Ruling today in Pacific Legal Foundation’s case of Severance v. Patterson, the Texas Supreme Court once again rejected the state’s claim that government can gain control of private beachfront land whenever the land loses its vegetation and becomes a dry, sand area. In other words, the court held that the state may not “roll” or impose a “public” beach on private land simply because a storm blows away the vegetation or moves the vegetation line landward. The state must instead prove that the public has lawfully acquired access rights by long occupation of the area.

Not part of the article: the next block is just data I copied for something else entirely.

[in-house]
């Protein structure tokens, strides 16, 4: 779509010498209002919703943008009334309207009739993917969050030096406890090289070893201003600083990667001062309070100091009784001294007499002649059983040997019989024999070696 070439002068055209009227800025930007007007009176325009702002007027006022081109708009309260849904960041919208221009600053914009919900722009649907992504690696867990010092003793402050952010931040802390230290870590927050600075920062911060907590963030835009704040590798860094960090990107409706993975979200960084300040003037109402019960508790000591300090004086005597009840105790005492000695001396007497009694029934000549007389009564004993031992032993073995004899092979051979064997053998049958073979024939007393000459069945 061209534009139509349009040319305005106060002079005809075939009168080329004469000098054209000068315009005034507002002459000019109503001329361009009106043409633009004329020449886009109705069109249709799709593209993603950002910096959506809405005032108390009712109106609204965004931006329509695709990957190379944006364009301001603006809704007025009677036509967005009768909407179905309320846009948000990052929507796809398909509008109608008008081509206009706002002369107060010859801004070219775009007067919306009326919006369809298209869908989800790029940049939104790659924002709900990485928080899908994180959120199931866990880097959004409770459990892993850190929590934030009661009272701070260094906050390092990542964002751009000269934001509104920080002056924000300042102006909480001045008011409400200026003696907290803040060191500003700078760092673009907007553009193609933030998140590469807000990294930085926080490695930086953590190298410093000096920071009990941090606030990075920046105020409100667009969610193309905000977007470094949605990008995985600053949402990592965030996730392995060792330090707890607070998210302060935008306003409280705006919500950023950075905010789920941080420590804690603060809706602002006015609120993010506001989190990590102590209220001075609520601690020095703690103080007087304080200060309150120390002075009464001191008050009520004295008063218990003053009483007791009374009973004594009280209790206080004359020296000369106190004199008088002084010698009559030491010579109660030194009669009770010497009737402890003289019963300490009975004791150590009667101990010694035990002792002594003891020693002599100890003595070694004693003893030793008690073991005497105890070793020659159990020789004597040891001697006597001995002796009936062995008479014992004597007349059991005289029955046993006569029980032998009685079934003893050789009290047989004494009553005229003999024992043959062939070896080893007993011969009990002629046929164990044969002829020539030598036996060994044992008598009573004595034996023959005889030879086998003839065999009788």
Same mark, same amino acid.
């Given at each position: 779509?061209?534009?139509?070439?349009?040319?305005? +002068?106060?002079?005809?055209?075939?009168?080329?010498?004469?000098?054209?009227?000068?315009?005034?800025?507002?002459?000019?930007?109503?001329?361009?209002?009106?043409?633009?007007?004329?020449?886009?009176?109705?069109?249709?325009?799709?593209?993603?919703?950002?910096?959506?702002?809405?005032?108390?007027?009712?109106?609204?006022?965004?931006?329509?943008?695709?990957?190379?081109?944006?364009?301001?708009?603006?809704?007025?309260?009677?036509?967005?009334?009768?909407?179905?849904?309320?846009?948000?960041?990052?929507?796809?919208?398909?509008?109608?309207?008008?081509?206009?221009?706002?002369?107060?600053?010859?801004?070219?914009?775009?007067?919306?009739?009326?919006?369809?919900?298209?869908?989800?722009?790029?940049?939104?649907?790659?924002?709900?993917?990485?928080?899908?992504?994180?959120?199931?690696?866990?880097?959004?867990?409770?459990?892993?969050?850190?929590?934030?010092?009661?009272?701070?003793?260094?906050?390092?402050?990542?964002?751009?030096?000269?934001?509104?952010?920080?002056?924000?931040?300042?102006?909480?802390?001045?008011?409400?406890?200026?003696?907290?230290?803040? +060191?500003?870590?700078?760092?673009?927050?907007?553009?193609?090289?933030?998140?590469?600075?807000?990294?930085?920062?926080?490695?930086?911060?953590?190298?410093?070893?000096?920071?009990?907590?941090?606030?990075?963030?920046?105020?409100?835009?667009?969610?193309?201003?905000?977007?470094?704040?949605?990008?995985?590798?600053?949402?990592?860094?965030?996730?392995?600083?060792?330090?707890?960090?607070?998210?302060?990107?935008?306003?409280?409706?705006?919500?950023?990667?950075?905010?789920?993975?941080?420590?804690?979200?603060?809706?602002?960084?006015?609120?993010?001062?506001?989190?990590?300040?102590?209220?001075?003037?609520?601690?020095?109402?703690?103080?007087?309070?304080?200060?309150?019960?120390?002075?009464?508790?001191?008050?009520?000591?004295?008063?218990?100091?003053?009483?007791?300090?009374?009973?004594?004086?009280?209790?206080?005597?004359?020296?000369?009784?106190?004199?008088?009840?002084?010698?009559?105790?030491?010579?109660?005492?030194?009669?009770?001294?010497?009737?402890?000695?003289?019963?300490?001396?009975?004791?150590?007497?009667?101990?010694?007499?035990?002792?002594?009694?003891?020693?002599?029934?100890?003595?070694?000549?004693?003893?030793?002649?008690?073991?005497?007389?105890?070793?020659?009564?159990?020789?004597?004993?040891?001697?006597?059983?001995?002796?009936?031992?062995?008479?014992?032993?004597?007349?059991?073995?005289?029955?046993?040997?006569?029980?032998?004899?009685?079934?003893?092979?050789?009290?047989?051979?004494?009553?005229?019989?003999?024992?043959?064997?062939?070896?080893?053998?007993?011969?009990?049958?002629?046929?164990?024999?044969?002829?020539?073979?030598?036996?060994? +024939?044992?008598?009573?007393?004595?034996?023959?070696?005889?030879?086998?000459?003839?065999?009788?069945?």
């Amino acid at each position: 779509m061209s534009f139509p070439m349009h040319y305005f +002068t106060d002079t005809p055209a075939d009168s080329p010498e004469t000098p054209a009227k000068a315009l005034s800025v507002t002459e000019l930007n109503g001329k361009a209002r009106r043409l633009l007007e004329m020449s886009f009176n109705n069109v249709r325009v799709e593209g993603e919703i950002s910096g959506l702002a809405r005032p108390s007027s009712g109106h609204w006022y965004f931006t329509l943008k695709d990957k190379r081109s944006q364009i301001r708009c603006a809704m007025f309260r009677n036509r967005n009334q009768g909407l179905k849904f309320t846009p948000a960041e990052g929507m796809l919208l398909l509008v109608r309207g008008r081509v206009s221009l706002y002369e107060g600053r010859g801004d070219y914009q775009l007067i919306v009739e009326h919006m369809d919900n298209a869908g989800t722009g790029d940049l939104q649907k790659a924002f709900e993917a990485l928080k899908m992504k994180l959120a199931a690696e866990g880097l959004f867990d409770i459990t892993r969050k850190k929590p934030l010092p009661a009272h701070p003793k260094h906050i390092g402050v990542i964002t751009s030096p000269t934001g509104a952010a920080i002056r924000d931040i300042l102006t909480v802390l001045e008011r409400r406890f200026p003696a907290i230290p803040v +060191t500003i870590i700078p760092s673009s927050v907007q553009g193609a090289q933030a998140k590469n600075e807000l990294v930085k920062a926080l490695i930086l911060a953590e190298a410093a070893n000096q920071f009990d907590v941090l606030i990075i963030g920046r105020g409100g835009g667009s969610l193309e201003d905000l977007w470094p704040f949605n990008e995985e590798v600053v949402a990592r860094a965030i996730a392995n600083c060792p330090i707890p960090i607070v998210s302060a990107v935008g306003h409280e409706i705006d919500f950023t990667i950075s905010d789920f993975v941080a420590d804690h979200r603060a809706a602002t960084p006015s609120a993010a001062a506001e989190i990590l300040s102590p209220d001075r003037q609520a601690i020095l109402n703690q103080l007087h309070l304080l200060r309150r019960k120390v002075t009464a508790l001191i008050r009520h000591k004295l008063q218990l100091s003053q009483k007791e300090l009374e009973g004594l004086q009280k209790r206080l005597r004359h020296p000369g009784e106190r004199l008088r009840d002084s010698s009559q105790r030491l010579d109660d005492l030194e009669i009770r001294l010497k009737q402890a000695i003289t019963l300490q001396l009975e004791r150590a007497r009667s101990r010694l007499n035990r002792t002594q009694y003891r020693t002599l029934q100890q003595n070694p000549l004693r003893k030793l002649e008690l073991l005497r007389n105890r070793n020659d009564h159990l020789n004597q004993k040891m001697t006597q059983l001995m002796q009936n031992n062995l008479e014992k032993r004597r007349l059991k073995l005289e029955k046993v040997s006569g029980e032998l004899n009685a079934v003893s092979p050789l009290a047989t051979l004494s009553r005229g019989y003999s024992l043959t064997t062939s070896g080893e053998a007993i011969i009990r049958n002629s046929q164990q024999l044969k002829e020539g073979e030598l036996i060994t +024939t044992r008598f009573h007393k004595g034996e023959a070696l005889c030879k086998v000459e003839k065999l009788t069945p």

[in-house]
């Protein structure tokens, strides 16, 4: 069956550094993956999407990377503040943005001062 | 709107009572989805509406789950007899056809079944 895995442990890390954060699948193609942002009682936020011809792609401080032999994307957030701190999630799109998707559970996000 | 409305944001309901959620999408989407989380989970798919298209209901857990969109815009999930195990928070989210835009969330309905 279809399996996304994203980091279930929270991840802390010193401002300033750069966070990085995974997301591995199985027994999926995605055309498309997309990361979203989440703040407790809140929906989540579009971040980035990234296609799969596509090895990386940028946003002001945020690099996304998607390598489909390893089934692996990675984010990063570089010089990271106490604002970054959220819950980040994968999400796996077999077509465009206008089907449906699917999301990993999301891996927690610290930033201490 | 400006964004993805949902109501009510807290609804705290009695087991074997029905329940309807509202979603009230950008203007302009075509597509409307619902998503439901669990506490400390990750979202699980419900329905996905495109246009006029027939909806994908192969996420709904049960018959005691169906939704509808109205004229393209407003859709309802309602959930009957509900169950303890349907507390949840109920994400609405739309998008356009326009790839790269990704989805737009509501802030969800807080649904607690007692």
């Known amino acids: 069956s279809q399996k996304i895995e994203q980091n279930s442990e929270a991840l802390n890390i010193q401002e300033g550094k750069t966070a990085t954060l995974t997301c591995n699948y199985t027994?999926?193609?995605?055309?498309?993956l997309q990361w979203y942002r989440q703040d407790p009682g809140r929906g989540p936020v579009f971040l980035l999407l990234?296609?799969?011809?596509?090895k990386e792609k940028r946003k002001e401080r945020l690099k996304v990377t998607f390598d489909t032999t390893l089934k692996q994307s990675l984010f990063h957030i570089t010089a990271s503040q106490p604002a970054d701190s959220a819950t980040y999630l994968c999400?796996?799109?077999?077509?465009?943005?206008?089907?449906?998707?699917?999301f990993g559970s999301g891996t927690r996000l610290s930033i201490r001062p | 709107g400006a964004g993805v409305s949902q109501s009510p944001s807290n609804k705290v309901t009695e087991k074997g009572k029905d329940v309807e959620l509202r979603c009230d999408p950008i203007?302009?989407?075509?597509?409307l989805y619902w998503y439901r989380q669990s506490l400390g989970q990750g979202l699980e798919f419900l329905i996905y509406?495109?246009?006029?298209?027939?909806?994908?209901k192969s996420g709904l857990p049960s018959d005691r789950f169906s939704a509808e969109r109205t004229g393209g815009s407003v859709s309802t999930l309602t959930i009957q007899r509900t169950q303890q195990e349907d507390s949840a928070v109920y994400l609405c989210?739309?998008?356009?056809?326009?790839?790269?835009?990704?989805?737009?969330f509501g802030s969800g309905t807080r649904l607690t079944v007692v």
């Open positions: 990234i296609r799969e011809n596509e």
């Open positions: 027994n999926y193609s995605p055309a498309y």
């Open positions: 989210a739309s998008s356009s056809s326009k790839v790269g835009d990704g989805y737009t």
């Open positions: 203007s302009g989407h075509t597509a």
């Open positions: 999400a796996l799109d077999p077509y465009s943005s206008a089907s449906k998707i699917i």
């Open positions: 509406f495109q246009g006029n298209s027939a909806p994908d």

What to read next
PLF asks the U.S. Supreme Court to rule that there is no “legislative exception” to the unconstitutional conditions doctrine
It seems that some governments and courts prefer to treat Supreme Court precedent as an option, rather than a requirement. The Supreme Court has ruled—twice—that it’s unconstitutional for government to … ›